A comprehensive guide to using hypnosis in order to achieve your goals.
The latest nonfiction work from Dann (Your Hypnosis Career, 2017) goes into great detail about the author’s conviction that hypnosis is a key method of unlocking “Neuro-Linguistic Programming” practices that can change the reader’s life. These changes will come about when readers learn to grapple with what the author refers to as the different levels of personal awareness. “When your Conscious, Subconscious and Superconscious are in alignment,” she writes, “you will feel in harmony with yourself.” Hypnosis, which Dann describes as “fun, natural, and easy to learn,” is a practice she claims will take readers “to a place of stillness where you can access your inner resources and live in the present moment.” In discursive prose, Dann takes readers through the steps necessary to refine their personal goals and better shape their own inner universe, basic steps like discovering what they want, assessing how close they already are to achieving it, and, in what’s often called “the Meta Outcome Question,” asking what achieving that goal will actually do for them. The author stresses the centrality of what she (somewhat redundantly) calls “positive affirmations,” things like eating healthy meals, “attracting” more money and a life partner, and trusting in God. Readers are urged to create an affirmation, go into a trance, and allow their subconscious to feel the experience of actually already having what they want. “You will notice what you visualize comes into being when you say and feel them everyday [sic],” Dann writes in one of the book’s self-evidently inaccurate assertions (another being a popular assertion in self-help spiritualism: “Powerful affirmations can help heal and regenerate your body, and bring radiant health”). Dann’s narrative tone is warm and inviting, and her underlying message, emphasizing the infinite potential for self-betterment, more than compensates for the book’s more than occasional vagueness (“You lose sight of your true being when you identify with the personality,” etc.).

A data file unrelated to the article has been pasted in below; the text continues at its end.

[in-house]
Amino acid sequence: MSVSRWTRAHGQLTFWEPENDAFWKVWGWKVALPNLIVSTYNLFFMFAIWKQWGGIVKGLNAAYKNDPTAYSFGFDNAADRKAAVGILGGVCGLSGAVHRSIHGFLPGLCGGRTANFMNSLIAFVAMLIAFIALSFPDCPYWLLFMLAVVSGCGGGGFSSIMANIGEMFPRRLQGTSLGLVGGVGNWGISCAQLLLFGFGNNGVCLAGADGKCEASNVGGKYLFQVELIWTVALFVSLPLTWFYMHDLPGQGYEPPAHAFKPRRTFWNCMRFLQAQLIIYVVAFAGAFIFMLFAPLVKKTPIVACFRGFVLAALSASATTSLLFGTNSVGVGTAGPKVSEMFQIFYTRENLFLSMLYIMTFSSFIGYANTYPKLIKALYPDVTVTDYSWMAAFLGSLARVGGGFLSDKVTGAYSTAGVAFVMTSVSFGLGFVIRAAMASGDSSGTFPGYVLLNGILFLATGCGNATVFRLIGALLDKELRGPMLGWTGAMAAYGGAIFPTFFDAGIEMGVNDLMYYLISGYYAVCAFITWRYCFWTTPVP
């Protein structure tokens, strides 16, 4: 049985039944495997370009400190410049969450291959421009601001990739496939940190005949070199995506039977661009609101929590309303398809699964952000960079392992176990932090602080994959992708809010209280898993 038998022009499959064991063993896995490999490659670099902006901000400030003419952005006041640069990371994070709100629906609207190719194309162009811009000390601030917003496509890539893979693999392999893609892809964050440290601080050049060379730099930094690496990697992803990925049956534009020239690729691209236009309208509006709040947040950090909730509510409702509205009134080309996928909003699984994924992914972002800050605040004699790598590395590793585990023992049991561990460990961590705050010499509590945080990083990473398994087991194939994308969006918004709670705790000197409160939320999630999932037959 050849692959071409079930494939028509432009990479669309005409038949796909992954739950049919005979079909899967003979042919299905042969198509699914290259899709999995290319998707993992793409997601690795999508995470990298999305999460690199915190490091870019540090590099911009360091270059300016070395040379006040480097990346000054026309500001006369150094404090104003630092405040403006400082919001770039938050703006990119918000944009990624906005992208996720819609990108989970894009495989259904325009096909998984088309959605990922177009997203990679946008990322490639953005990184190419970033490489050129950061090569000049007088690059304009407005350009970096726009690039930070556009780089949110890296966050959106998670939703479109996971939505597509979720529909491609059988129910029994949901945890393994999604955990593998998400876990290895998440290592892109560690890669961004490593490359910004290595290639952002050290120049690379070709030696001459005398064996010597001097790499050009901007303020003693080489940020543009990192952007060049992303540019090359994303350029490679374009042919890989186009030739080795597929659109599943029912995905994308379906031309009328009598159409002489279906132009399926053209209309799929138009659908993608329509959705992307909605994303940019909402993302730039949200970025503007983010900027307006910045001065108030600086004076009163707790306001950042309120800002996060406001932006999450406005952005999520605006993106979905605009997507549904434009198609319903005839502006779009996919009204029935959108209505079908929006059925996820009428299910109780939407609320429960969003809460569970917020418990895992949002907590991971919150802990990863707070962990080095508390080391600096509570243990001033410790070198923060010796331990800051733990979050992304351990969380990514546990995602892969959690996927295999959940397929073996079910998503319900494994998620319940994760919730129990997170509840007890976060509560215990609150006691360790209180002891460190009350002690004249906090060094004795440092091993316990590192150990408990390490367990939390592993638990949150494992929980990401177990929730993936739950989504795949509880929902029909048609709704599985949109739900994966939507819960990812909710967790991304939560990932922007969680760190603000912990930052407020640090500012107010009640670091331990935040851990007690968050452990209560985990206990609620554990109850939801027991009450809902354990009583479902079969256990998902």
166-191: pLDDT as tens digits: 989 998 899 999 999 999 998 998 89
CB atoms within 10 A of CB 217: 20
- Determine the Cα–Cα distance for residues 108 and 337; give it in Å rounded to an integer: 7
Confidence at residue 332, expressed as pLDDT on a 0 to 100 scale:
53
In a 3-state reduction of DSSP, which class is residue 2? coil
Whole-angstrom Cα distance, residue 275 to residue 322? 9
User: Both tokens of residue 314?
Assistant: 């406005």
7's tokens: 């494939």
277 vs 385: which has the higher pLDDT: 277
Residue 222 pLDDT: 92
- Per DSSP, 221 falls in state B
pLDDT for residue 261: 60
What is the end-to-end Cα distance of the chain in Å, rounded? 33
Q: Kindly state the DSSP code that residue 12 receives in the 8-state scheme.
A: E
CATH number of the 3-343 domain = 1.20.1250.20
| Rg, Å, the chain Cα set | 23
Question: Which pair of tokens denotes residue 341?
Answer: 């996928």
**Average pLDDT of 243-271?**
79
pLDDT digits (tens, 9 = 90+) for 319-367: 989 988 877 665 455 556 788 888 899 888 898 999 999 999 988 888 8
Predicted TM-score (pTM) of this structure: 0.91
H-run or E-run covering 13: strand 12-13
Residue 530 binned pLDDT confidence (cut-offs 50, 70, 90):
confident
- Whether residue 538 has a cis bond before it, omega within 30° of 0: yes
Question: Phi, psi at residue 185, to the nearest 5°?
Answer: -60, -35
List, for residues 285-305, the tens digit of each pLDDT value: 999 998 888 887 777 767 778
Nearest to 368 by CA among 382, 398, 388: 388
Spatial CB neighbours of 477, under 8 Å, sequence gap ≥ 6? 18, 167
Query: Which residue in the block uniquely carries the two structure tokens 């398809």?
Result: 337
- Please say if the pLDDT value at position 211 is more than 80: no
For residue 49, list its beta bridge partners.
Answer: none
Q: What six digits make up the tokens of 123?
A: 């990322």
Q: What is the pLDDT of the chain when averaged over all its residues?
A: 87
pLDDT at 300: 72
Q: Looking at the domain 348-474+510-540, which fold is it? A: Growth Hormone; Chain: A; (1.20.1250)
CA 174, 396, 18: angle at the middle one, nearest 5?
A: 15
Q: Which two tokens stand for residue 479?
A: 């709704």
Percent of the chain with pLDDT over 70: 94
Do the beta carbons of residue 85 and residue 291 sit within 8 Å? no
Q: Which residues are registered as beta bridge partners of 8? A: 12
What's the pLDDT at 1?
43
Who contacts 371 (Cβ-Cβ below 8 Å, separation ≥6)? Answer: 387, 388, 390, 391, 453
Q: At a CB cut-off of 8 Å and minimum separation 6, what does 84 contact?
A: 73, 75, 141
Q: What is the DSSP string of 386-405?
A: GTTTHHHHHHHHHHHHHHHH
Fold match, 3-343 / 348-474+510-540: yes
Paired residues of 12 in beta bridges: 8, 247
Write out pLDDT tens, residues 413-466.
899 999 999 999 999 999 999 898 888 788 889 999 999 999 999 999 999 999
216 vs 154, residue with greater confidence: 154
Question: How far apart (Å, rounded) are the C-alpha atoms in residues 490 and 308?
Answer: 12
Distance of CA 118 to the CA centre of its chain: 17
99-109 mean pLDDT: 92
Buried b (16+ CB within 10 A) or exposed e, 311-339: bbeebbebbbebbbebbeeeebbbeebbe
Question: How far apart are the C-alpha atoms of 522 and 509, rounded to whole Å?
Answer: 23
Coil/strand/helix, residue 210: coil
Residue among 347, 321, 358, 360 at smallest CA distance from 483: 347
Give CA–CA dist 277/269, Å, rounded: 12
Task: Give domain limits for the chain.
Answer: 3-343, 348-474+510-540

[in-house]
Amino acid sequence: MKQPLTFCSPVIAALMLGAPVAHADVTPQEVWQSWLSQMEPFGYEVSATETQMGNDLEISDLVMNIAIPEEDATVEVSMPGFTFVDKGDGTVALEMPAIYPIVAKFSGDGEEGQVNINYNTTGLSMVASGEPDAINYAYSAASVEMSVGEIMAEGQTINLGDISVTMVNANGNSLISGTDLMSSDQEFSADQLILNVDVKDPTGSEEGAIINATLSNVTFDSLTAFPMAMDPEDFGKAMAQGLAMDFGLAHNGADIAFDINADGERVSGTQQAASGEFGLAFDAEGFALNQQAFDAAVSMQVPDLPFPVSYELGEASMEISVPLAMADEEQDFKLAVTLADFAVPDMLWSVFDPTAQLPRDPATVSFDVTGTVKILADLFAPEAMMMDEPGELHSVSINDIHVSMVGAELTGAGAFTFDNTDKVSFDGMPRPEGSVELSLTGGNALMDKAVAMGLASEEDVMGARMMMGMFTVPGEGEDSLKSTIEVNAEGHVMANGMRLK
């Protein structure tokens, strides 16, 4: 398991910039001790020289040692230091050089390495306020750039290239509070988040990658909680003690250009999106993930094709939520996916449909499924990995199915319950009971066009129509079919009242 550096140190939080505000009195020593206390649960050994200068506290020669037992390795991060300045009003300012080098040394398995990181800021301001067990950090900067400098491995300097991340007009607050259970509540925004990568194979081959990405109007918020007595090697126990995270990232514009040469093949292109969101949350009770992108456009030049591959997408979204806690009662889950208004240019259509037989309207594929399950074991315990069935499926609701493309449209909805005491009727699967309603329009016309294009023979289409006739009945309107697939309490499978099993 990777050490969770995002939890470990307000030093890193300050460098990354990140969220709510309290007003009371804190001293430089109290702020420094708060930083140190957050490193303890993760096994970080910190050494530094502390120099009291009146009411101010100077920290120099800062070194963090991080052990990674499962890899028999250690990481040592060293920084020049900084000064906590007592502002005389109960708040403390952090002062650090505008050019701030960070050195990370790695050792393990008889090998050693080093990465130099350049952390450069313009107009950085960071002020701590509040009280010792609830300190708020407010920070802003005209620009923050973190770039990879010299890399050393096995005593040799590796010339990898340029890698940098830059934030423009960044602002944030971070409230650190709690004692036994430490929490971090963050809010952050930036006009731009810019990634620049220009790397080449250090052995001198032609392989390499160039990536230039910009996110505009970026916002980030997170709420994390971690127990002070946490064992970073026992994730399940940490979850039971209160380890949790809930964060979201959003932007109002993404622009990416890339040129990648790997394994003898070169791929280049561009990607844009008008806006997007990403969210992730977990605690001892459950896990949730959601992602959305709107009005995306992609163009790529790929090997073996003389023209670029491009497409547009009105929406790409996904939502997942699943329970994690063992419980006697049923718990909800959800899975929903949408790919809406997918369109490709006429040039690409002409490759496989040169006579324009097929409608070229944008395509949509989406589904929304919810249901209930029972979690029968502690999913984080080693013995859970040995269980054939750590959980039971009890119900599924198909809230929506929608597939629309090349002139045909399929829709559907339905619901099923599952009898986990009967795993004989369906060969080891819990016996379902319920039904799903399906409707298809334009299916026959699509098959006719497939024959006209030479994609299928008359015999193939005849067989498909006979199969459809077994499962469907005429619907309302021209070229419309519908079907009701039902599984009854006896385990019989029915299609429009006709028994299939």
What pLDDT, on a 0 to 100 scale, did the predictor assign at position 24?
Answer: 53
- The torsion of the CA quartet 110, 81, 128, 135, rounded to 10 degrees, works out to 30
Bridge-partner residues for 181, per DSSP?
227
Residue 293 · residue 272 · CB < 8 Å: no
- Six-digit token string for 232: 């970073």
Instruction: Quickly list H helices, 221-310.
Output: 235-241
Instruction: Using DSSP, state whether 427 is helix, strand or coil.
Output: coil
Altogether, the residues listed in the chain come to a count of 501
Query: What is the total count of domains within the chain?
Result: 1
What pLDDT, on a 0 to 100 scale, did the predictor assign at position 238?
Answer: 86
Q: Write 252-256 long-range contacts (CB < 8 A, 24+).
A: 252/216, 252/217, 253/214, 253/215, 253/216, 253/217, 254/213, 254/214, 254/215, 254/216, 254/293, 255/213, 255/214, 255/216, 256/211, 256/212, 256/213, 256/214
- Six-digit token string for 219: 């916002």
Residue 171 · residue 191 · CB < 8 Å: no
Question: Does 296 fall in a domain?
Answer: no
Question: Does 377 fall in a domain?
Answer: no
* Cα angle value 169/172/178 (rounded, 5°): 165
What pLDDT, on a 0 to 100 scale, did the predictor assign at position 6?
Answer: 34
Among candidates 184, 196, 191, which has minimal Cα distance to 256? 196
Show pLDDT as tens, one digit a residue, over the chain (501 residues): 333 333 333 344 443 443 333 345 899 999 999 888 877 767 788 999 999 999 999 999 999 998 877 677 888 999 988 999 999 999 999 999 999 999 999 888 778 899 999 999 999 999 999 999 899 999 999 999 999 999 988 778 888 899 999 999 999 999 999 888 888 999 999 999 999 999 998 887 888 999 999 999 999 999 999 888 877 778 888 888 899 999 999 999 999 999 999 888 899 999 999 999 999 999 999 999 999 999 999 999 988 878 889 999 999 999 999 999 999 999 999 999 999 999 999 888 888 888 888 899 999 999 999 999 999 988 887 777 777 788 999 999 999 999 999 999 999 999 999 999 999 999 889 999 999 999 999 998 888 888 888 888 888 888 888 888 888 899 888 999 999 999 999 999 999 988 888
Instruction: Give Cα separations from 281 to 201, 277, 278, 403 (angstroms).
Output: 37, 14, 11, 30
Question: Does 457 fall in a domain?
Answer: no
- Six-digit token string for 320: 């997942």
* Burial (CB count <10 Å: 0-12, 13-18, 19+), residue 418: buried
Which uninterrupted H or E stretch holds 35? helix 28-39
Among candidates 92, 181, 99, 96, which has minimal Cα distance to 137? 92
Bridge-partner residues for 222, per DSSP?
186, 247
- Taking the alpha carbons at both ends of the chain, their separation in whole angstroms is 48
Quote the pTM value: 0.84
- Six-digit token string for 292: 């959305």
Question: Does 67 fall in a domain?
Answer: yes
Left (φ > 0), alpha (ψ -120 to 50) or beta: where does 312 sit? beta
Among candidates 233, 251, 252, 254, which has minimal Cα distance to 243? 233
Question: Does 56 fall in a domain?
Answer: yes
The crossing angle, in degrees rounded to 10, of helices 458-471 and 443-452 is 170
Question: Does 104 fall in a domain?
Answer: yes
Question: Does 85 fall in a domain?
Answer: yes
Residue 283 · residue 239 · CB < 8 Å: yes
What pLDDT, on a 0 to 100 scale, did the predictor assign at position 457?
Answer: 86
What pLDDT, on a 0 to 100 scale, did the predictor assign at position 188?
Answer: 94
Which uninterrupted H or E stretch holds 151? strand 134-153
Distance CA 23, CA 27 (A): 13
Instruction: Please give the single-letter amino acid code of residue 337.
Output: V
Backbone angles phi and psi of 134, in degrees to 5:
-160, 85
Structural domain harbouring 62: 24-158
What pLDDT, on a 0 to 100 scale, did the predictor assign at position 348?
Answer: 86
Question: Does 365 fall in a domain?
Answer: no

A multilayered exploration of the power each person has to achieve inner harmony.
Privately published by Strunk of Cornell in 1918 and revised by his student E. B. White in 1959, that "little book" is back again with more White updatings.
Stricter than, say, Bergen Evans or W3 ("disinterested" means impartial — period), Strunk is in the last analysis (whoops — "A bankrupt expression") a unique guide (which means "without like or equal").
Noted jazz and pop record producer Thiele offers a chatty autobiography. Aided by record-business colleague Golden, Thiele traces his career from his start as a ``pubescent, novice jazz record producer'' in the 1940s through the '50s, when he headed Coral, Dot, and Roulette Records, and the '60s, when he worked for ABC and ran the famous Impulse! jazz label. At Coral, Thiele championed the work of ``hillbilly'' singer Buddy Holly, although the only sessions he produced with Holly were marred by saccharine strings. The producer specialized in more mainstream popsters like the irrepressibly perky Teresa Brewer (who later became his fourth wife) and the bubble-machine muzak-meister Lawrence Welk. At Dot, Thiele was instrumental in recording Jack Kerouac's famous beat- generation ramblings to jazz accompaniment (recordings that Dot's president found ``pornographic''), while also overseeing a steady stream of pop hits. He then moved to the Mafia-controlled Roulette label, where he observed the ``silk-suited, pinky-ringed'' entourage who frequented the label's offices. Incredibly, however, Thiele remembers the famously hard-nosed Morris Levy, who ran the label and was eventually convicted of extortion, as ``one of the kindest, most warm-hearted, and classiest music men I have ever known.'' At ABC/Impulse!, Thiele oversaw the classic recordings of John Coltrane, although he is the first to admit that Coltrane essentially produced his own sessions. Like many producers of the day, Thiele participated in the ownership of publishing rights to some of the songs he recorded; he makes no apology for this practice, which he calls ``entirely appropriate and without any ethical conflicts.'' A pleasant, if not exactly riveting, memoir that will be of most interest to those with a thirst for cocktail-hour stories of the record biz. (25 halftones, not seen)